Martina McGhee, a doctoral candidate and teaching fellow in Interdisciplinary Learning and Teaching, designed a curriculum that uses a new form of media and technology to enhance the learning experience.

“As an educator, creating opportunities to access knowledge that is free and easy to access is import to me; textbooks are very expensive.” McGhee said. As a result, McGhee designed a course where the podcast, National Public Radio’s (NPR) “Code Switch,” replaces the textbook.

Students who have taken African American Studies (AAS) 4013 and Race and Identity through Pop Culture, commented on the new experience. Michaela Reynolds, a junior psychology major said, “It was the first time I felt that what we were learning was going to affect my everyday life.”

“It was the best class I have taken in my academic career,” Bobbi Smith, a junior psychology major added.

This class was not only an exercise in cutting-edge curriculum design, but McGhee was able to combine her passion for helping students’ converse about difficult topics such as, “how race and culture permeate major issues in the news.” The episodes have sparked an active discussion that students across all disciplines can listen to every Monday, Wednesday, and Friday at 9 a.m.

As students researched class discussion topics, they were required to connect with people outside of the classroom through social media. The students started conversations on Twitter with the “Code Switch” team and different guests were featured on the podcasts. When “Code Switch” heard about this UTSA course, they decided to fly down and record an episode here at UTSA. On the last day of the Fall 2018 semester, five members of the NPR team flew to San Antonio from the District of Columbia and Los Angeles to meet with the class. Their interactions were recorded and formed the basis of this week’s listening party, “Code Switch Goes to College.”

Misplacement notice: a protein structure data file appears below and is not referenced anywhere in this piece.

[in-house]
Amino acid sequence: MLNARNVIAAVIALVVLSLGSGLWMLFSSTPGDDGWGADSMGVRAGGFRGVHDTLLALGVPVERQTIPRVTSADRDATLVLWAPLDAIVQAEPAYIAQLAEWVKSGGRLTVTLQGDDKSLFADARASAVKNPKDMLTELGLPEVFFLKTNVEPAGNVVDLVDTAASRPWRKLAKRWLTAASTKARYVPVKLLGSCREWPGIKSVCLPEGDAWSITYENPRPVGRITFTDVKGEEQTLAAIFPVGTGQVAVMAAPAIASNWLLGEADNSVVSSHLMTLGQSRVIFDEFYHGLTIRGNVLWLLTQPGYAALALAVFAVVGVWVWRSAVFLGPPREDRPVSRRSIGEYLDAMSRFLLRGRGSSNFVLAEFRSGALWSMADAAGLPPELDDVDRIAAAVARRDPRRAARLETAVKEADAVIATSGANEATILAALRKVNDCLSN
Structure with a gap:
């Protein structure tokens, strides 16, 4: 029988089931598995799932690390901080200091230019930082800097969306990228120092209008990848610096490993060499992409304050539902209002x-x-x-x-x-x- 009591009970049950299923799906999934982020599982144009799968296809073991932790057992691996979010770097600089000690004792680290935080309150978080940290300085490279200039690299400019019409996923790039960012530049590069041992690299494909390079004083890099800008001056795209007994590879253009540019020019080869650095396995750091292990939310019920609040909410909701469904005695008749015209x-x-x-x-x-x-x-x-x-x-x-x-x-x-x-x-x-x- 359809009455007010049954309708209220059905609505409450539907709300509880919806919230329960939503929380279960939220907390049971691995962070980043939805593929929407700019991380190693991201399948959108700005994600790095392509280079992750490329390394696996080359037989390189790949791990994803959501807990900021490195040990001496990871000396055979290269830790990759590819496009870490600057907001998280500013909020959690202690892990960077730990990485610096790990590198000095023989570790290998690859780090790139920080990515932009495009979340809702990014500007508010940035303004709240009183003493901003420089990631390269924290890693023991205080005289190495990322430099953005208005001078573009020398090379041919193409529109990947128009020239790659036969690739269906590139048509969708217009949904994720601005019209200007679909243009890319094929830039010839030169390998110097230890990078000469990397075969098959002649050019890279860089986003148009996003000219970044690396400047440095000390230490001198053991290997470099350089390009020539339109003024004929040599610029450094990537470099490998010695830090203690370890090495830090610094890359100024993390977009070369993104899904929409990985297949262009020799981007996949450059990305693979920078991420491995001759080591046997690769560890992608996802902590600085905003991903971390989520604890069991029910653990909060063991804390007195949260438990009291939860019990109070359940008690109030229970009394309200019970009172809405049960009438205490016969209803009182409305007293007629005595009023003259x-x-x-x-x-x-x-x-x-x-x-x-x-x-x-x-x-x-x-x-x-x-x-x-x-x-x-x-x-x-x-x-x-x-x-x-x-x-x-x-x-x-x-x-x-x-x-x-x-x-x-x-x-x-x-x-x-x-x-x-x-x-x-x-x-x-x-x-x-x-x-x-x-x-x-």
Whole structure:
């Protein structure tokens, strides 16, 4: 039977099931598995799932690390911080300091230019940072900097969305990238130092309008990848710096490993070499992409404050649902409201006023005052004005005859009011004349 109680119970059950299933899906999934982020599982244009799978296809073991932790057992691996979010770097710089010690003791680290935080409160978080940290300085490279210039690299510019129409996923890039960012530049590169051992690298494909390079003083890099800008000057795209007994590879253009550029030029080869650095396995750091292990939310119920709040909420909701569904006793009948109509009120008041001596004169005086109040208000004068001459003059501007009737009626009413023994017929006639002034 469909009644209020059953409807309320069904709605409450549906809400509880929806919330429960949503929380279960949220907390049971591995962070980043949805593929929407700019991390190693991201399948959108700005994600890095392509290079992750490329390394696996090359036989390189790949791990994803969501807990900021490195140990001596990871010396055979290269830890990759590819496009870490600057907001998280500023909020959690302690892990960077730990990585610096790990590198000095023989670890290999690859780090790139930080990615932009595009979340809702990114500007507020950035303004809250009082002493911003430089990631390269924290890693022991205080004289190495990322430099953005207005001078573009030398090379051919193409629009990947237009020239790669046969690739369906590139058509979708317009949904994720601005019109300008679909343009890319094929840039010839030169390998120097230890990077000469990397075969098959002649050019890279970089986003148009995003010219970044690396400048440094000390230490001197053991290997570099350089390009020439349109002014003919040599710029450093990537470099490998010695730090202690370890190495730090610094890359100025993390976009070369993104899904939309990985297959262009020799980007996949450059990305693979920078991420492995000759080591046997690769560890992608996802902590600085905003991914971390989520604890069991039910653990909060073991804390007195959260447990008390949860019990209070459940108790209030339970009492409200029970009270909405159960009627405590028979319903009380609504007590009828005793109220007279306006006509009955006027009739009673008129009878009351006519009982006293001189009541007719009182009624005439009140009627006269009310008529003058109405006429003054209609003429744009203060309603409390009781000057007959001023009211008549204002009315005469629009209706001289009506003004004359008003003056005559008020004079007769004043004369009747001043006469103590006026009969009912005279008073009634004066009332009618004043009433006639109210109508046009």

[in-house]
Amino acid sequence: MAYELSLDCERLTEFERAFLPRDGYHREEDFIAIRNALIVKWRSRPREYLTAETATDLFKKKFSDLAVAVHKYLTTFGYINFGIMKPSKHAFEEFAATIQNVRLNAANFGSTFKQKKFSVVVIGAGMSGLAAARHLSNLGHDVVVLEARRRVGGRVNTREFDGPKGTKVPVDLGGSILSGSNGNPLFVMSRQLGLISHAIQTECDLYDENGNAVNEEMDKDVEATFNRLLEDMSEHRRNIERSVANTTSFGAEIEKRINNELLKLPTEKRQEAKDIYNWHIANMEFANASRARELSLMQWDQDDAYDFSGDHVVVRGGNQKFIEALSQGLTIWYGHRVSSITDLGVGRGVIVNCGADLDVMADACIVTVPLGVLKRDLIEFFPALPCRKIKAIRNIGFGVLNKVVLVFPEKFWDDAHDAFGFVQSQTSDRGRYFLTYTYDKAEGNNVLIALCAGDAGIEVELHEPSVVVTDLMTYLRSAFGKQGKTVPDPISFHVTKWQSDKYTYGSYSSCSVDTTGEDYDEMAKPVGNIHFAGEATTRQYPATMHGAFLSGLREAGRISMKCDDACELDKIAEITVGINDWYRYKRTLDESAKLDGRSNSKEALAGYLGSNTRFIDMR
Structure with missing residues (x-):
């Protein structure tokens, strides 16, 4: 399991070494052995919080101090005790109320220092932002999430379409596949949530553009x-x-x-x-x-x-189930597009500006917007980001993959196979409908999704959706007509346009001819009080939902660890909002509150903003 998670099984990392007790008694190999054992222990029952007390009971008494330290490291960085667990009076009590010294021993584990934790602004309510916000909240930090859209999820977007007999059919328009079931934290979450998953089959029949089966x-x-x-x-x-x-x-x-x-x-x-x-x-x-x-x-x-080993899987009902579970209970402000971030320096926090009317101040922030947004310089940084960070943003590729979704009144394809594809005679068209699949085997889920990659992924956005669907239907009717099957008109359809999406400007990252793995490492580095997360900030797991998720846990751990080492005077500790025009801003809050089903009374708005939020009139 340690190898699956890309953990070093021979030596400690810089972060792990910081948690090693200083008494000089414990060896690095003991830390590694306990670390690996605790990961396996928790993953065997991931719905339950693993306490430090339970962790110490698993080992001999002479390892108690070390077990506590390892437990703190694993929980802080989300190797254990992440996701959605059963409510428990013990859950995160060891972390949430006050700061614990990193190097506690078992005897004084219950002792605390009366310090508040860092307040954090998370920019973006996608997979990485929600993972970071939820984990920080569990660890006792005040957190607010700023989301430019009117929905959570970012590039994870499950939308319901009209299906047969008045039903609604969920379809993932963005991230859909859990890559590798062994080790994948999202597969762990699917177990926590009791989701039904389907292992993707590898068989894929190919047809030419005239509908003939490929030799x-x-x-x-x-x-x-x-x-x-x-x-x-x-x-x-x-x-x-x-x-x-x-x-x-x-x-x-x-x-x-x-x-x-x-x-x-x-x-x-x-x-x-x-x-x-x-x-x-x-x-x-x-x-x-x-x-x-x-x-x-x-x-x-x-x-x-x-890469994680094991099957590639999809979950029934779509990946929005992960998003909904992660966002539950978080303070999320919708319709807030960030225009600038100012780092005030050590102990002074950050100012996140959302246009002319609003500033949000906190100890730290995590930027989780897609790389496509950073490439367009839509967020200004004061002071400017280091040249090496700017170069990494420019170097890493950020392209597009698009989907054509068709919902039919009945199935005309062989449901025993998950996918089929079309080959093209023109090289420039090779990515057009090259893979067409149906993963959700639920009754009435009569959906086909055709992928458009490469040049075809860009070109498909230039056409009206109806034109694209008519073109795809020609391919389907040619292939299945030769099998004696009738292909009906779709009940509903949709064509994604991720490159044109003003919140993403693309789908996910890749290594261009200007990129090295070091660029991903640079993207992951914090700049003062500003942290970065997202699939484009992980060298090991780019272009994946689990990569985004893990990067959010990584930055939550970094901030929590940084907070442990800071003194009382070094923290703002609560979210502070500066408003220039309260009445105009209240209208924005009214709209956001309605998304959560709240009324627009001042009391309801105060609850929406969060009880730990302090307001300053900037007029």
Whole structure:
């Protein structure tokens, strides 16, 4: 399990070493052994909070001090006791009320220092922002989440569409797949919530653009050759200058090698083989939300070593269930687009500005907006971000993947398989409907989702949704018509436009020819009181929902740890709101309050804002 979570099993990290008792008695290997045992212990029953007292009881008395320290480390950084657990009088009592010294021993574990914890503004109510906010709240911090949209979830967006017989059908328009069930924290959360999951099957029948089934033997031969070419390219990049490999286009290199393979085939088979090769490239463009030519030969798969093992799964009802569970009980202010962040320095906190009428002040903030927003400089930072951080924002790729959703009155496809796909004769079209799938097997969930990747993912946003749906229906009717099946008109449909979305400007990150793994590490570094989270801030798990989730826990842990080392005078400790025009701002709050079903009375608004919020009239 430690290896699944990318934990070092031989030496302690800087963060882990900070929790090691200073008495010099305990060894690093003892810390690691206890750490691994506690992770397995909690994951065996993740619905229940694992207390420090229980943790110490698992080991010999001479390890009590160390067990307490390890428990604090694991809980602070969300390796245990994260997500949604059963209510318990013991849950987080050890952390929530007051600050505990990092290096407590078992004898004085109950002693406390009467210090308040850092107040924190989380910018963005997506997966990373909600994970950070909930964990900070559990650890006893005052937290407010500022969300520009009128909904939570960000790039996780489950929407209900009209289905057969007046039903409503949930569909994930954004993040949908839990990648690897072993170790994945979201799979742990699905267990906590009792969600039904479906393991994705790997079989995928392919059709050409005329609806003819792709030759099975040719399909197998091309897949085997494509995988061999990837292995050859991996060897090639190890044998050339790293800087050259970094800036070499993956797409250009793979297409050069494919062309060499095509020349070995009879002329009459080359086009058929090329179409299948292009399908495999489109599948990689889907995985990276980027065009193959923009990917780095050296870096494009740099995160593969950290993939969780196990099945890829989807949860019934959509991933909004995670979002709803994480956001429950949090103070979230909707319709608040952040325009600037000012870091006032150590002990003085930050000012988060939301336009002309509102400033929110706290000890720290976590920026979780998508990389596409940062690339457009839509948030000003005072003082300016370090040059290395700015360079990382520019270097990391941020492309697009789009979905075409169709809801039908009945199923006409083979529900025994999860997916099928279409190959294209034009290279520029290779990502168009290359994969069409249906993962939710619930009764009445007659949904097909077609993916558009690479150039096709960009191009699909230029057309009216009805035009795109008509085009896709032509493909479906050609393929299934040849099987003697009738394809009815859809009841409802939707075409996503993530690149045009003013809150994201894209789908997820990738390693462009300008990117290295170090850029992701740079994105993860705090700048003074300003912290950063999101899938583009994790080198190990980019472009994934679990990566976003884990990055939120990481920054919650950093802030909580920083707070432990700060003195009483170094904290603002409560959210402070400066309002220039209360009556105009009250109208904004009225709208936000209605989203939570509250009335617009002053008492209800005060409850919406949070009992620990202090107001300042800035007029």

On Feb. 27 at UTSA, four students formed a panel along with McGhee for a podcast listening party punctuated with discussion. The audience listened to the Dec. 18, 2018 episode of “Code Switch” and heard from the students about their experience in the course.

A resounding remark of the students’ was that the dialogues started in class led to personal growth and impacted their day-to-day lives.

Marcus McPherson, a senior education major said, “This class made me feel more comfortable talking to people I wouldn’t normally talk with.”

As UTSA is working towards being a more inclusive campus, where students can understand and be understood, dialogue is going to play a key role. “College is supposed to have these experiences, but we don’t often have those conversations,” Reynolds said.

For students interested in learning more about these topics and how to discuss them appropriately, UTSA announced the opening of the Department of Race, Ethnicity, Gender and Sexuality Studies (REGSS) within the College of Education starting in the Fall of 2019.

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